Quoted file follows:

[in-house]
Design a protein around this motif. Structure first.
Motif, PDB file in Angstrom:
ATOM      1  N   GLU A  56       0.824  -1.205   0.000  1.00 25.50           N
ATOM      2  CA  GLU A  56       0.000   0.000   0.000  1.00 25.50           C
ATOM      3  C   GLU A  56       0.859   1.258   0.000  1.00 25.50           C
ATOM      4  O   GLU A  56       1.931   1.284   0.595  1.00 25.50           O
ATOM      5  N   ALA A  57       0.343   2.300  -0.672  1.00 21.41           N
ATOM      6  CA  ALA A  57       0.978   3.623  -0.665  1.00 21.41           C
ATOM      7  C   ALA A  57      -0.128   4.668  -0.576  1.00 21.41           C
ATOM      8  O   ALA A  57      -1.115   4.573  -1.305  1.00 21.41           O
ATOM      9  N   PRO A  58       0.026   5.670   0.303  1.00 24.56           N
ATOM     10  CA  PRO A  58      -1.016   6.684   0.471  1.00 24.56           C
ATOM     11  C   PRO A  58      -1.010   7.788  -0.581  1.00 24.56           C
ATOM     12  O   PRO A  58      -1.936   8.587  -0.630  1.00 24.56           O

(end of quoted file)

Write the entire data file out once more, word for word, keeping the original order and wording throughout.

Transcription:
[in-house]
Design a protein around this motif. Structure first.
Motif, PDB file in Angstrom:
ATOM      1  N   GLU A  56       0.824  -1.205   0.000  1.00 25.50           N
ATOM      2  CA  GLU A  56       0.000   0.000   0.000  1.00 25.50           C
ATOM      3  C   GLU A  56       0.859   1.258   0.000  1.00 25.50           C
ATOM      4  O   GLU A  56       1.931   1.284   0.595  1.00 25.50           O
ATOM      5  N   ALA A  57       0.343   2.300  -0.672  1.00 21.41           N
ATOM      6  CA  ALA A  57       0.978   3.623  -0.665  1.00 21.41           C
ATOM      7  C   ALA A  57      -0.128   4.668  -0.576  1.00 21.41           C
ATOM      8  O   ALA A  57      -1.115   4.573  -1.305  1.00 21.41           O
ATOM      9  N   PRO A  58       0.026   5.670   0.303  1.00 24.56           N
ATOM     10  CA  PRO A  58      -1.016   6.684   0.471  1.00 24.56           C
ATOM     11  C   PRO A  58      -1.010   7.788  -0.581  1.00 24.56           C
ATOM     12  O   PRO A  58      -1.936   8.587  -0.630  1.00 24.56           O